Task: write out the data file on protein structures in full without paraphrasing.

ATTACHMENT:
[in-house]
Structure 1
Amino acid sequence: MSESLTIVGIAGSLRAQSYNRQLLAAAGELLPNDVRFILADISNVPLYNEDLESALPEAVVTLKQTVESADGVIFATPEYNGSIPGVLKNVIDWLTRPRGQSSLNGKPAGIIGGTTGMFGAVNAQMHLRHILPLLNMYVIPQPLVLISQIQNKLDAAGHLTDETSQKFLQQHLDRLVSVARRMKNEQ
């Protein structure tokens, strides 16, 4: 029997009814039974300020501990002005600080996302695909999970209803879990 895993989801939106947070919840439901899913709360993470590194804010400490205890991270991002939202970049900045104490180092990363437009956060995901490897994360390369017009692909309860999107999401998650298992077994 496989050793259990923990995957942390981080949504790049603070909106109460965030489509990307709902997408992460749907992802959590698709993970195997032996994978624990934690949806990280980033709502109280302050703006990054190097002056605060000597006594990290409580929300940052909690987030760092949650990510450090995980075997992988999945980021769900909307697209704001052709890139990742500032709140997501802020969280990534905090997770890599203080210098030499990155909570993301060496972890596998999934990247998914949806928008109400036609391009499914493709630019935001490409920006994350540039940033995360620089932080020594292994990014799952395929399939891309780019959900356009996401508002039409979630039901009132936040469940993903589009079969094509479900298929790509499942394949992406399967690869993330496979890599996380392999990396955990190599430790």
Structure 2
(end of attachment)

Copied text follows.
[in-house]
Structure 1
Amino acid sequence: MSESLTIVGIAGSLRAQSYNRQLLAAAGELLPNDVRFILADISNVPLYNEDLESALPEAVVTLKQTVESADGVIFATPEYNGSIPGVLKNVIDWLTRPRGQSSLNGKPAGIIGGTTGMFGAVNAQMHLRHILPLLNMYVIPQPLVLISQIQNKLDAAGHLTDETSQKFLQQHLDRLVSVARRMKNEQ
């Protein structure tokens, strides 16, 4: 029997009814039974300020501990002005600080996302695909999970209803879990 895993989801939106947070919840439901899913709360993470590194804010400490205890991270991002939202970049900045104490180092990363437009956060995901490897994360390369017009692909309860999107999401998650298992077994 496989050793259990923990995957942390981080949504790049603070909106109460965030489509990307709902997408992460749907992802959590698709993970195997032996994978624990934690949806990280980033709502109280302050703006990054190097002056605060000597006594990290409580929300940052909690987030760092949650990510450090995980075997992988999945980021769900909307697209704001052709890139990742500032709140997501802020969280990534905090997770890599203080210098030499990155909570993301060496972890596998999934990247998914949806928008109400036609391009499914493709630019935001490409920006994350540039940033995360620089932080020594292994990014799952395929399939891309780019959900356009996401508002039409979630039901009132936040469940993903589009079969094509479900298929790509499942394949992406399967690869993330496979890599996380392999990396955990190599430790």
Structure 2